Usually found installed between your attic space and living space walls.

How Long Should You Run An Attic Fan?

Having an attic fan is essential during the hot sunny season, but determining how long you should run depends on your attic area and the size of the fan you're using.

In general, roughly 15 minutes of run time is enough to release your attic's hot air and replace it with fresh cool air from the outside. Running your fan any longer is a waste of energy.

This is because you are drawing air from outside your attic that is identical to the air you are drawing into it. Moreover, adding a humidistat can easily control the run time on your attic fan based on the settings you pre-set on it.

Check out this humidistat control on Amazon.

Do Attic Fans Use A Lot Of Electricity?

an inside look up of a roof rafters and ventilation fan

The amount of power consumed is determined by the type of attic fan installed. Traditional attic fans are inefficient because they employ weak motors and circulate less air.

Smart attic fans are more efficient because they employ more efficient motors and circulate more air.

Solar attic fans are the most energy-efficient since they require no electricity when there is sunlight. Electric-powered attic fans consume between 20 and 400 watts, depending on the fan's speed and type.

In comparison, an A/C system can consume up to 3000 watts.

How To Determine What Size Attic Fan You Need

The size of an attic fan is measured in CFM (Cubic Feet per Minute), which is the quantity of air moved by the fan each minute. Attic fans come in a variety of CFM rates.

Furthermore, to get the specific fan sizes you'll need, calculate the square footage of your attic and multiply it by 0.7 to come up with the rate required.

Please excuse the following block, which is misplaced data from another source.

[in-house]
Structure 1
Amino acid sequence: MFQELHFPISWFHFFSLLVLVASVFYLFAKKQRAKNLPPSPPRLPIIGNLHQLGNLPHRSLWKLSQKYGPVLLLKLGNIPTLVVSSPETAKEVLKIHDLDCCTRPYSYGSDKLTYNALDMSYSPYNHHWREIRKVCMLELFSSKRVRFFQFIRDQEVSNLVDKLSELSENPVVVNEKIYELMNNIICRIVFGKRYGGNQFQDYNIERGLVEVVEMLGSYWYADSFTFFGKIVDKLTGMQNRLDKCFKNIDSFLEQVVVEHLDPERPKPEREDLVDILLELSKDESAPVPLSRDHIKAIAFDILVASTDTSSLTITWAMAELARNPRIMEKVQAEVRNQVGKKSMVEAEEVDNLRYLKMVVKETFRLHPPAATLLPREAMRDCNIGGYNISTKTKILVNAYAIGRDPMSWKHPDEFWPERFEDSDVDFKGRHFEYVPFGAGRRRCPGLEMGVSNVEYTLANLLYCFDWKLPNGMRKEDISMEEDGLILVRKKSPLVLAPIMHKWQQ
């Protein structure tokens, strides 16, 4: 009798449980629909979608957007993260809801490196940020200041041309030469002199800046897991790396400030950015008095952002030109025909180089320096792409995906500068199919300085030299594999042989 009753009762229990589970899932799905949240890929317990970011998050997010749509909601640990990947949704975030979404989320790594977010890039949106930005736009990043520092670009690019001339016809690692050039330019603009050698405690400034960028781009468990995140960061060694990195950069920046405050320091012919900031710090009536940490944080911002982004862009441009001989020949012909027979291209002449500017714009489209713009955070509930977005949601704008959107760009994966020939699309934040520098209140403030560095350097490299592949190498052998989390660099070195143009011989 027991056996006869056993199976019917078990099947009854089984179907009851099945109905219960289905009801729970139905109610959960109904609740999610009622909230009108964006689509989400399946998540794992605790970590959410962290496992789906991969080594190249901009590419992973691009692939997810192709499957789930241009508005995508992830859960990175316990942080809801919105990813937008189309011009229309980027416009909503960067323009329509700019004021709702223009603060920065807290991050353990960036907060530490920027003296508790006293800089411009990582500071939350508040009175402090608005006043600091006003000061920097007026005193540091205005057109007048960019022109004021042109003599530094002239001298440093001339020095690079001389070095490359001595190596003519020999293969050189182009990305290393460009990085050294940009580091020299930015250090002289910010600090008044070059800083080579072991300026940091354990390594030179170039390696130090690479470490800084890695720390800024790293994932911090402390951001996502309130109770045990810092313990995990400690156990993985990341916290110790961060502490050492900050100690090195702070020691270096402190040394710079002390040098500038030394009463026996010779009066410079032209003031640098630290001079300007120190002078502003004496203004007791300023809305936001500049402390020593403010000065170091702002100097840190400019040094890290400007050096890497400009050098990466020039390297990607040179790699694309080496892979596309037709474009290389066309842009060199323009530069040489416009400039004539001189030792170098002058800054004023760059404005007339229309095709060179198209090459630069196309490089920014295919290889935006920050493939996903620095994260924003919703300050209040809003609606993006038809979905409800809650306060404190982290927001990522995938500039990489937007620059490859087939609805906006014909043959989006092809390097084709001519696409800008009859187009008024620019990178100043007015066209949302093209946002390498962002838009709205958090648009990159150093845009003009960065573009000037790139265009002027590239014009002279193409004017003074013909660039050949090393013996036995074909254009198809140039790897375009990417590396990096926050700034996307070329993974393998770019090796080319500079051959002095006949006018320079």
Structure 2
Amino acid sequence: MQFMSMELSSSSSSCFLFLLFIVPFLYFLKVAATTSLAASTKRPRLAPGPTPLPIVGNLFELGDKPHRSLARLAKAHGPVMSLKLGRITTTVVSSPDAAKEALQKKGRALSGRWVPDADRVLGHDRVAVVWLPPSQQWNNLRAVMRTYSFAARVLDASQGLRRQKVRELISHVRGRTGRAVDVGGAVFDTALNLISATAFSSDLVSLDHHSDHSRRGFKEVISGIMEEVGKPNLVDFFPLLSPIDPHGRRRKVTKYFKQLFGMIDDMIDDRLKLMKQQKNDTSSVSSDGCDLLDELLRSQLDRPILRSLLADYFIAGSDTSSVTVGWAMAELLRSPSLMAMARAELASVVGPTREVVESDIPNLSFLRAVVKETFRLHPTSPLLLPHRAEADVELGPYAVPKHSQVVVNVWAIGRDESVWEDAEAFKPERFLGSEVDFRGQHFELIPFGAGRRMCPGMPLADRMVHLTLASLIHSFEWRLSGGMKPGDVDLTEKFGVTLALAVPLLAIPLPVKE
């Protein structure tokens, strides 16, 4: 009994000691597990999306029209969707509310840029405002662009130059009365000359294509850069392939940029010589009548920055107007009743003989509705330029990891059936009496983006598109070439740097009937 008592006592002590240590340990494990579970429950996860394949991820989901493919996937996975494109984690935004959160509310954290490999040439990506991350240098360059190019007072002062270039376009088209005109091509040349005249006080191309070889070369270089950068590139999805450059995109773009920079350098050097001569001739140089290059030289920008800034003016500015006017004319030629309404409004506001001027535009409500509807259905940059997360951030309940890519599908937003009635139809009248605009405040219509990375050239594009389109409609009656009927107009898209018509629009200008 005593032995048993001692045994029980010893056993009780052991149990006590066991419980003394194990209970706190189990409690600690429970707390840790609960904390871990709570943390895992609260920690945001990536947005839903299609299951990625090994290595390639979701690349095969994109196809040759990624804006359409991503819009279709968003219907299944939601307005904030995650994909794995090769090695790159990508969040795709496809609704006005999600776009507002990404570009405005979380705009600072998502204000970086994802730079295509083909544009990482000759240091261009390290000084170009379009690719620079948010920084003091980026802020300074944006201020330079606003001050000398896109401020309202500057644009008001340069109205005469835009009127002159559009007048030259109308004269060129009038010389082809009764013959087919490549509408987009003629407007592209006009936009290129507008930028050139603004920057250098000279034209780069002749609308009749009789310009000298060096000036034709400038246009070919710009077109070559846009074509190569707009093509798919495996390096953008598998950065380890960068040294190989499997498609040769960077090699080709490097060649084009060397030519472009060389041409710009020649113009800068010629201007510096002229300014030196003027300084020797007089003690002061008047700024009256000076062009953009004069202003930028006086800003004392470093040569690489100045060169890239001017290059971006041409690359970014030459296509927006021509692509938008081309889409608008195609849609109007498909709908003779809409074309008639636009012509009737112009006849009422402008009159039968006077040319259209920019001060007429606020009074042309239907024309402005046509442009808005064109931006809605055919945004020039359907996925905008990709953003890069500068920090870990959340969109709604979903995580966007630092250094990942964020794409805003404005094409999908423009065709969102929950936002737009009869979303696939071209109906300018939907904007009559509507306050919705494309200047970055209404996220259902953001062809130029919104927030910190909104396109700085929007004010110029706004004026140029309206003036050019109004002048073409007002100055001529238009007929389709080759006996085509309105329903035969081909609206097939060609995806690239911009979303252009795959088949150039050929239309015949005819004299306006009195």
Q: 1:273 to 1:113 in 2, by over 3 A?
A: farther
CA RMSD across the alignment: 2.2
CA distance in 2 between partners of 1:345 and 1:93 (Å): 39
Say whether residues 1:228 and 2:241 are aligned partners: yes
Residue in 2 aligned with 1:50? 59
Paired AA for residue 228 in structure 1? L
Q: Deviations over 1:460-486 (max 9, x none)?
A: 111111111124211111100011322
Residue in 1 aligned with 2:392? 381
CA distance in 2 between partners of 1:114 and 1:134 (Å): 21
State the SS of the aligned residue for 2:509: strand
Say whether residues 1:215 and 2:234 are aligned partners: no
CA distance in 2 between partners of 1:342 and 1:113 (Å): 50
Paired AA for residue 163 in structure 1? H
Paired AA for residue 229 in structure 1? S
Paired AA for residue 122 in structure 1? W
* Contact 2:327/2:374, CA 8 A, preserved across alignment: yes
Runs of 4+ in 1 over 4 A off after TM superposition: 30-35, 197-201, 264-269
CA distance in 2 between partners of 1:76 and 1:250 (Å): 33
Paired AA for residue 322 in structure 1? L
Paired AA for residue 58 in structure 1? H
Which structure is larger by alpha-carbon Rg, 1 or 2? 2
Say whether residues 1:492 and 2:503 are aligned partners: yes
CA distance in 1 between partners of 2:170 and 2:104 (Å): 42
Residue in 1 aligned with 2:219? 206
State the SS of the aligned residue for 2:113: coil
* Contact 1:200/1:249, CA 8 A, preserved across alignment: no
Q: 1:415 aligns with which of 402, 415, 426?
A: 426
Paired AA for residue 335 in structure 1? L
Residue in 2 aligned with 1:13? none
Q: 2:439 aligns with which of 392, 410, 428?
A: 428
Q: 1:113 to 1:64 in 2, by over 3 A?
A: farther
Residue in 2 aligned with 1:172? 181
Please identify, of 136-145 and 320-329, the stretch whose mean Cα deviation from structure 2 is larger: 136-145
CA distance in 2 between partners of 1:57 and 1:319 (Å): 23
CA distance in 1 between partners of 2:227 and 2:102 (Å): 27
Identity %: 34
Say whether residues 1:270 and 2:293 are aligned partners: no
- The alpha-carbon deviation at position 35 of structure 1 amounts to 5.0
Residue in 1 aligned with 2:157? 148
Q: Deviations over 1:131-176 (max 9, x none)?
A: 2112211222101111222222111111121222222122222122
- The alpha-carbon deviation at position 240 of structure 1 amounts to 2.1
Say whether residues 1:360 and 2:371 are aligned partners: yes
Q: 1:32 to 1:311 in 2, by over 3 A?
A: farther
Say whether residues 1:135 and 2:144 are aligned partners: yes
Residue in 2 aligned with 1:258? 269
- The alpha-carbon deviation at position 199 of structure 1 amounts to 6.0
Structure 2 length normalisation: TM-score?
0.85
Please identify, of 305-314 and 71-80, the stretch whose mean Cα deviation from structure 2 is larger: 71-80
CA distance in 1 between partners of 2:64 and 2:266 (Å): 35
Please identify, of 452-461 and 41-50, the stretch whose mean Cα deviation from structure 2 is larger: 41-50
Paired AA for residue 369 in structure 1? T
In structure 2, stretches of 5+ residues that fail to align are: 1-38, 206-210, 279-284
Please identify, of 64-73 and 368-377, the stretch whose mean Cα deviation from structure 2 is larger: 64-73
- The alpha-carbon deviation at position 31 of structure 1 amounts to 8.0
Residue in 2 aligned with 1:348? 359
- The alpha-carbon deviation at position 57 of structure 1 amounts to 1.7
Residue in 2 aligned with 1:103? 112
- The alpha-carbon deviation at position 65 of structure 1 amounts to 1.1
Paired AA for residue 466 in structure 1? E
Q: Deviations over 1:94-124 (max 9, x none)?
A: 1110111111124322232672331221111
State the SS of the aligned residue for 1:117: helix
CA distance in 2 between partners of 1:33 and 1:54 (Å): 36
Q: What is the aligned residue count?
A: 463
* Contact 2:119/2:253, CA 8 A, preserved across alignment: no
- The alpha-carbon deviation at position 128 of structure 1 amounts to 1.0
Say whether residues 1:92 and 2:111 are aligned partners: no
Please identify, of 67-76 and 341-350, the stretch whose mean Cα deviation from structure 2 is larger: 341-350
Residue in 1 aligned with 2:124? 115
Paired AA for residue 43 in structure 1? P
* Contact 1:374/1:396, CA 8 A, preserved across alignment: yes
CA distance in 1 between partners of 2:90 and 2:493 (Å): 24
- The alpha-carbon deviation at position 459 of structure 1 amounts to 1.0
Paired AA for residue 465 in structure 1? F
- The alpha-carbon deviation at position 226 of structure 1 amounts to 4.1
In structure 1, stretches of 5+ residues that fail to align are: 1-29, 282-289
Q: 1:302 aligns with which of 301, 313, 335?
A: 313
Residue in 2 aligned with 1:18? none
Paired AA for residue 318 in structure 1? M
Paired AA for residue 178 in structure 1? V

Except for dark and steep roof areas, the recommended rating is +15% based on the 0.7 rates required.

Let's say you have an attic area of 3,000 square feet; the CFM required for this particular size is 2,100 and 2,415 for steep and dark roof areas.

Should An Attic Fan Run In The Winter?

Yes, to control the water moisture that builds up into your attic rooms and spaces. During the winter season, the heat runs inside your house's interior spaces.

Because the heat always rises, it can get stuck in your attic's crawling spaces and eventually create a moist of hot air.

The cold temperature in your house exterior makes your roof vulnerable to cold, which leads to your attic building up even more moisture.

In addition, when this moisture continues to spread, it can cause damage to your roof, and this is the reason why your attic fan needs to run in the winter period.

Old dirty ventilation fan

How To Replace An Attic Ventilation Fan

If left unsettled, a malfunctioning or old attic fan can lead to several severe problems.

It's always a great decision to replace it before significant issues can occur and compromise your living area's comfortable condition.

To get this done, follow these steps:

  1. Ensure you shut off the attic ventilation power supply.
  2. Remove the cover and the screws using a screwdriver.
  3. Loosen the lag screws with a wrench to remove the attic fan from the mounting panel.
  4. Securely mount the new fan and the lag screws in the mounting panel.
  5. Now carefully insert the branch cable into the splice box and all the clamping screws.
  6. To prevent wire connection loss, protect all wires by wrapping electrical tape.

If you don't have enough experience performing the wiring job, we highly suggest you refer to your certified electrician contractor to do the job for you.

To Finish

Air Ducts and Ventilation Fans

Now that you know where to place your attic fan and how to install it properly. We hope that knowing this information can help you perform the job well.

However, this is a job that can be easily done by an attic ventilation expert or by a certified electrician. We suggest letting the expert do this job for you to ensure a guaranteed high-quality result.

Made it to the end? Check out these helpful related posts below!

15 Types Of Attic Ventilation Systems, Vents, And Fans

Can You Run An Attic Fan With The AC On? [And Should You?]